The study of God, this poem suggests, happens on “a winter’s day,” which reminds us that we lack the clear-sightedness of a summer’s day. Wintery weather conceals more than it reveals. As we try to know God, we may experience a synesthesia of the spiritual senses, tasting what we smell (“the wood smoke is remarkably, is richly spiced with evergreen; you can almost taste the resin”). God, according to Paul’s letter to the Corinthians, spreads the fragrance of Christ everywhere; He is the aroma of life diffused in a world undergoing decay and death, akin to the season of winter (2 Cor. 2:14-17).

Or, I can. Who knows what you’ll manage? The day itself 
is shrouded, wrapped, or tucked, say, within a veil of wood smoke
and low cloud, and decidedly gray, but lined as well with intermittent, 
slanted rays of startlingly brilliant, impossibly white light just here,
and over there, and they move a bit, shifting round as high weather
shoves the clouds about. 

The second stanza continues the imagery of a winter’s day, which by now seems comparable to knowing God, who is “shrouded, wrapped, or tucked, say, within a veil of wood smoke and low cloud, and decidedly gray, but lined as well with intermittent, slanted rays of startlingly brilliant, impossibly white light.” Using an ancient emblem, God is the sunthe source of light that can be glimpsed, on occasion, despite the obscuring clouds. Truth shines through mystery. In our present lot as slow pilgrims, we never see the fiery orb of the sun in all of its intensity and brilliance because our eyes would burn. Like Moses, we hide our face from the light of the burning bush (Ex. 3:1-6). Like Peter, James, and John on the Mount of Transfiguration, we fall on our faces when the voice speaks from the bright cloud that overshadows us (Mt. 17:1-13). Only a fool tries to make a tent for the transfigured Christ: we cannot house God in our systems of theology. He is always too grand for any shelter that we erect. All we can do, like John the Baptist, is “bear witness about the Light” (Jn. 1:8), ever mindful that this “startlingly brilliant, impossibly white light” is strained through clouds of unknowing.

Theology is a distinctly rare, a puzzling 
study, given that its practitioners are happiest when the terms
of their discovery fall well short of their projected point; this 
is where they likely glimpse their proof. Rare as well 
is the theologian’s primary stipulation that all that is explicable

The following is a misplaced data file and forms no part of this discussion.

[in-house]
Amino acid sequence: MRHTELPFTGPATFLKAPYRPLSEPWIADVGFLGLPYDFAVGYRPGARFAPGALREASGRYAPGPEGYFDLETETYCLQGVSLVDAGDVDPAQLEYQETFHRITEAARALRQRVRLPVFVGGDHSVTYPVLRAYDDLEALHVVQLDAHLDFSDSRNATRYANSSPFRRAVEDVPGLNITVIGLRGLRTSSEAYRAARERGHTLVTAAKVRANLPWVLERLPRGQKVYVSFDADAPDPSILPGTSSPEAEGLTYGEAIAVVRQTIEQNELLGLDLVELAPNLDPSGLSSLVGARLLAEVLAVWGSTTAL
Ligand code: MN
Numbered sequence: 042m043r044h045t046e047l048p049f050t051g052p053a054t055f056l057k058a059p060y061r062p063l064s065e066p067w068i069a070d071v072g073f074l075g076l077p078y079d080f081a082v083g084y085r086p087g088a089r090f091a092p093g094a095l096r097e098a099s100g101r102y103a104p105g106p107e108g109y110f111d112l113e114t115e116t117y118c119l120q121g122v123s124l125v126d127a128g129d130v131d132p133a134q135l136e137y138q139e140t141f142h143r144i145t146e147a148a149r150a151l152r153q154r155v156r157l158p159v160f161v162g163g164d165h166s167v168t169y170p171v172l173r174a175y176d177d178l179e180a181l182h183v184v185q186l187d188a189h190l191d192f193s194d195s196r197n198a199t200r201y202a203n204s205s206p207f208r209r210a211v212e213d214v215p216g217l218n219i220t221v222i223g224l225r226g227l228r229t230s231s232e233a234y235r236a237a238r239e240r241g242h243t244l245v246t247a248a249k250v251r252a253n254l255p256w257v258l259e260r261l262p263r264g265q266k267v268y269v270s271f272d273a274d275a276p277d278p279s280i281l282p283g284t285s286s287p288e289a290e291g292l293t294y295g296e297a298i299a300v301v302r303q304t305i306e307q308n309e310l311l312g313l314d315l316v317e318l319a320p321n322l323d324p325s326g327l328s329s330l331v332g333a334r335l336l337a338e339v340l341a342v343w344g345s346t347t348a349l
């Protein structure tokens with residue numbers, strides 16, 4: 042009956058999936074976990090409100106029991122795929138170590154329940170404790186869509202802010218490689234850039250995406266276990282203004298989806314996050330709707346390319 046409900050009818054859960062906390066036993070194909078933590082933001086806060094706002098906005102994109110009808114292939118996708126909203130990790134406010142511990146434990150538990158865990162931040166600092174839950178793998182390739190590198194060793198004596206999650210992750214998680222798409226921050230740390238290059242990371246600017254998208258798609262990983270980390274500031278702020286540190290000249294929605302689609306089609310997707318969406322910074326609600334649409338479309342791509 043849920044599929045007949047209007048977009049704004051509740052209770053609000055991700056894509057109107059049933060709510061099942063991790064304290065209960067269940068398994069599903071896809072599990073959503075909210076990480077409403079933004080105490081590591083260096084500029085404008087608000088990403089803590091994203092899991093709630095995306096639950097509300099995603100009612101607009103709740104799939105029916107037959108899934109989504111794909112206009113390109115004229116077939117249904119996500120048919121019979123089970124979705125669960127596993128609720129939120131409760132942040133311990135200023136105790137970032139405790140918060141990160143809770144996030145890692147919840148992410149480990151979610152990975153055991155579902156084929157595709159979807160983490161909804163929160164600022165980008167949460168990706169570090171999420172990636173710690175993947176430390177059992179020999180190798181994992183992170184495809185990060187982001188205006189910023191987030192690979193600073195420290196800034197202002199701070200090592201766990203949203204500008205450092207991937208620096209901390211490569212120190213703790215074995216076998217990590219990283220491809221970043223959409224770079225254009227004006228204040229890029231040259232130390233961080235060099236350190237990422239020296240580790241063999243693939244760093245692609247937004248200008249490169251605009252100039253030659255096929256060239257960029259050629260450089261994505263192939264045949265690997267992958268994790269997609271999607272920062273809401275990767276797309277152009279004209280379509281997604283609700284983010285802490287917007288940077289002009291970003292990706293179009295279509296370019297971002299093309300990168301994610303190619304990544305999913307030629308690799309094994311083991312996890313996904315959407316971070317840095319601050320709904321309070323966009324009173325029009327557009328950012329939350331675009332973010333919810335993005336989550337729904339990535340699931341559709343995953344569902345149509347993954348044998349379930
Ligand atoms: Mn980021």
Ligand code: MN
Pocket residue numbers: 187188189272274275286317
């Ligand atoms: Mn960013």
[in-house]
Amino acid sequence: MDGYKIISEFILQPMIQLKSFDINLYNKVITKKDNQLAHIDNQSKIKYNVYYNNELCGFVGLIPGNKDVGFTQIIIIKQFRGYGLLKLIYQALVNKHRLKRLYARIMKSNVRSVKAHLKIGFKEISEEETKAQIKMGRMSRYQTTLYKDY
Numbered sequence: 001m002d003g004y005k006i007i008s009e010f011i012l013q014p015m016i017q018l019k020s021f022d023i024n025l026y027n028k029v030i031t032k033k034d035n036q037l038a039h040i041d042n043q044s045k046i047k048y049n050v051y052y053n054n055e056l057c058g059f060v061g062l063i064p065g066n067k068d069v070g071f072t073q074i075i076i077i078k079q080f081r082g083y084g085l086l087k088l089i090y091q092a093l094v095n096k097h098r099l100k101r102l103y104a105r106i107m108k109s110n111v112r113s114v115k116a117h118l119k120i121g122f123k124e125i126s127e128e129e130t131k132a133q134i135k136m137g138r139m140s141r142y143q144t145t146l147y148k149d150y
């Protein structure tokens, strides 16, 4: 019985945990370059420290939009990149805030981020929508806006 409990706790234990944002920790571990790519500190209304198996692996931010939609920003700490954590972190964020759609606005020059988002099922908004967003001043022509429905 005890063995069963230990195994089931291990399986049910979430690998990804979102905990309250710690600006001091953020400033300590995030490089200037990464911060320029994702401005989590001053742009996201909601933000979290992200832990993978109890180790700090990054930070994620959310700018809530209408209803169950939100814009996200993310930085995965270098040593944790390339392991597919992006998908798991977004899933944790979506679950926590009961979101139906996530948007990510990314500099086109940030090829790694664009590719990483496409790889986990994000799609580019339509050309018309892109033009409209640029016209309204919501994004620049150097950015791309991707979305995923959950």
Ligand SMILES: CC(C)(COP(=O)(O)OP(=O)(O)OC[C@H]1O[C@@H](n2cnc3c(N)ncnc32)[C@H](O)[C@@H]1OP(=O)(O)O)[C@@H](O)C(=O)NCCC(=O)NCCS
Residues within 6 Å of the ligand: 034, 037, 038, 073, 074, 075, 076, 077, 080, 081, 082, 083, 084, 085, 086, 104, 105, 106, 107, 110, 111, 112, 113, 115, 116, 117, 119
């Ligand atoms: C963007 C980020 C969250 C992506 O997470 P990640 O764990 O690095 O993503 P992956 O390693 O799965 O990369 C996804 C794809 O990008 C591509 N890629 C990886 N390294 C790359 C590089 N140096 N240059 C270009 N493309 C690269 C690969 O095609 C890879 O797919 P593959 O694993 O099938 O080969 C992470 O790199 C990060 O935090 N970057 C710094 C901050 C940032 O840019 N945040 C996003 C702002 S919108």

is somewhat less than interesting. 

The third stanza is a digression, touching upon the odd features of theology. First, theology finds satisfaction in unsatisfactorily reaching its objective: knowing God. Failure in other sciences is success in theology. Second, theology circumscribes its explanatory power, keenly aware that any explanation of God cannot explain Him away since God is Wholly Other to us. The prophet Isaiah admonishes God’s chosen people, who were prone to domesticate God in their understanding: “‘For my thoughts are not your thoughts, neither are your ways my ways,’ declares the Lord. ‘For as the heavens are higher than the earth, so are my ways higher than your ways and my thoughts than your thoughts'” (55:8-9). In short, the task of theology is insanely ambitious because it seeks to know Godwho constitutes what philosophers call “the really real”and embarrassingly modest because the cognitive equipment of fallen human beings can only reach, at best, the orbit of Reality. 

In any case, the day
keeps loping right along, and blurs into the night, which itself
will fairly likely press into another clouded day, et cetera.
The future isn’t written, isn’t fixed, and the proof of that is how
sure we areif modestlythat every moment matters.  

The fourth stanza returns to the winter’s day but focuses on the transition into night and the extended forecast. The night can be interpreted as what one mystic famously called la noche oscura del alma (“dark night of the soul”), where the light is absent, where God seems aloof or silent, where theologians stumble in the dark. The extended forecast assures us that there will never be a cloudless day in knowing God until our final union with Him, as St. Paul says: “We don’t yet see things clearly. We’re squinting in a fog, peering through a mist. But it won’t be long before the weather clears and the sun shines bright! We’ll see it all then, see it all as clearly as God sees us, knowing him directly just as he knows us!” (1 Cor. 13:12, The Message).